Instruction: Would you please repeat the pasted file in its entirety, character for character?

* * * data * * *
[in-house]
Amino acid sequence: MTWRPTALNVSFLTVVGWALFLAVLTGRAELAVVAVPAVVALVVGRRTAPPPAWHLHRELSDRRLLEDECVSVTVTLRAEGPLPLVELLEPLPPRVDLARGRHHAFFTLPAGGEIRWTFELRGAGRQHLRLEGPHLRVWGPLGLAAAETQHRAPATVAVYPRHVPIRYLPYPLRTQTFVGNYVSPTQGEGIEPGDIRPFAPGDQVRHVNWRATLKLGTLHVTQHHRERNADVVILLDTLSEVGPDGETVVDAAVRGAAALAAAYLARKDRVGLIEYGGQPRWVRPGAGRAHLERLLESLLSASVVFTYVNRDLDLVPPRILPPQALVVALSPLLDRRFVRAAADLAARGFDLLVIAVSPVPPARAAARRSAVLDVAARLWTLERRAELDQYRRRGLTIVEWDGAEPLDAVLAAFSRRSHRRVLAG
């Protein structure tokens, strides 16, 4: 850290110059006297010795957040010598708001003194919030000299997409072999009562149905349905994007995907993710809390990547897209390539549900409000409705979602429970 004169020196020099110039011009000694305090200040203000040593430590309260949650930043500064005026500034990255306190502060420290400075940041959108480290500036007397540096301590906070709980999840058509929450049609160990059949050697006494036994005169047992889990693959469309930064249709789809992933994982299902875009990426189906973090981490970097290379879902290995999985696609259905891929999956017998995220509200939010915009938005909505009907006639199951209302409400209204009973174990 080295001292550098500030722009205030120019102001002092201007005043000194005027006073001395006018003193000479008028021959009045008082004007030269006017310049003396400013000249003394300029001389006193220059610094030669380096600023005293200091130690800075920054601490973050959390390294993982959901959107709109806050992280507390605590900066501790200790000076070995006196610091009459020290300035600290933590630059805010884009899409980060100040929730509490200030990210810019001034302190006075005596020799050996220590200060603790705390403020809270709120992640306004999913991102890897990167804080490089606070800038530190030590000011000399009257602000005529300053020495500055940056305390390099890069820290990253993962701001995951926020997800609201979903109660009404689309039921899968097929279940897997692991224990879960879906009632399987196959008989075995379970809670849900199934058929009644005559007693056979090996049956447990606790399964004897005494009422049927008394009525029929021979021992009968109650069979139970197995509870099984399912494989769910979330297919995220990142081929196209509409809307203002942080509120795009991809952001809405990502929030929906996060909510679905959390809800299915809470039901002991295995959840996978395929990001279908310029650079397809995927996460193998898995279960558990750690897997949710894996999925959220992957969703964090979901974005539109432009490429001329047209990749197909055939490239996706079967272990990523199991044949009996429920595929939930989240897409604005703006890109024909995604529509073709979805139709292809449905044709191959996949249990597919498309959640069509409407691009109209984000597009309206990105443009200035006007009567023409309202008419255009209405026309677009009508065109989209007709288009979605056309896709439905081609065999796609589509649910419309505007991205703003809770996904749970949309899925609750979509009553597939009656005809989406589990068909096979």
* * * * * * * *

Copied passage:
[in-house]
Amino acid sequence: MTWRPTALNVSFLTVVGWALFLAVLTGRAELAVVAVPAVVALVVGRRTAPPPAWHLHRELSDRRLLEDECVSVTVTLRAEGPLPLVELLEPLPPRVDLARGRHHAFFTLPAGGEIRWTFELRGAGRQHLRLEGPHLRVWGPLGLAAAETQHRAPATVAVYPRHVPIRYLPYPLRTQTFVGNYVSPTQGEGIEPGDIRPFAPGDQVRHVNWRATLKLGTLHVTQHHRERNADVVILLDTLSEVGPDGETVVDAAVRGAAALAAAYLARKDRVGLIEYGGQPRWVRPGAGRAHLERLLESLLSASVVFTYVNRDLDLVPPRILPPQALVVALSPLLDRRFVRAAADLAARGFDLLVIAVSPVPPARAAARRSAVLDVAARLWTLERRAELDQYRRRGLTIVEWDGAEPLDAVLAAFSRRSHRRVLAG
């Protein structure tokens, strides 16, 4: 850290110059006297010795957040010598708001003194919030000299997409072999009562149905349905994007995907993710809390990547897209390539549900409000409705979602429970 004169020196020099110039011009000694305090200040203000040593430590309260949650930043500064005026500034990255306190502060420290400075940041959108480290500036007397540096301590906070709980999840058509929450049609160990059949050697006494036994005169047992889990693959469309930064249709789809992933994982299902875009990426189906973090981490970097290379879902290995999985696609259905891929999956017998995220509200939010915009938005909505009907006639199951209302409400209204009973174990 080295001292550098500030722009205030120019102001002092201007005043000194005027006073001395006018003193000479008028021959009045008082004007030269006017310049003396400013000249003394300029001389006193220059610094030669380096600023005293200091130690800075920054601490973050959390390294993982959901959107709109806050992280507390605590900066501790200790000076070995006196610091009459020290300035600290933590630059805010884009899409980060100040929730509490200030990210810019001034302190006075005596020799050996220590200060603790705390403020809270709120992640306004999913991102890897990167804080490089606070800038530190030590000011000399009257602000005529300053020495500055940056305390390099890069820290990253993962701001995951926020997800609201979903109660009404689309039921899968097929279940897997692991224990879960879906009632399987196959008989075995379970809670849900199934058929009644005559007693056979090996049956447990606790399964004897005494009422049927008394009525029929021979021992009968109650069979139970197995509870099984399912494989769910979330297919995220990142081929196209509409809307203002942080509120795009991809952001809405990502929030929906996060909510679905959390809800299915809470039901002991295995959840996978395929990001279908310029650079397809995927996460193998898995279960558990750690897997949710894996999925959220992957969703964090979901974005539109432009490429001329047209990749197909055939490239996706079967272990990523199991044949009996429920595929939930989240897409604005703006890109024909995604529509073709979805139709292809449905044709191959996949249990597919498309959640069509409407691009109209984000597009309206990105443009200035006007009567023409309202008419255009209405026309677009009508065109989209007709288009979605056309896709439905081609065999796609589509649910419309505007991205703003809770996904749970949309899925609750979509009553597939009656005809989406589990068909096979």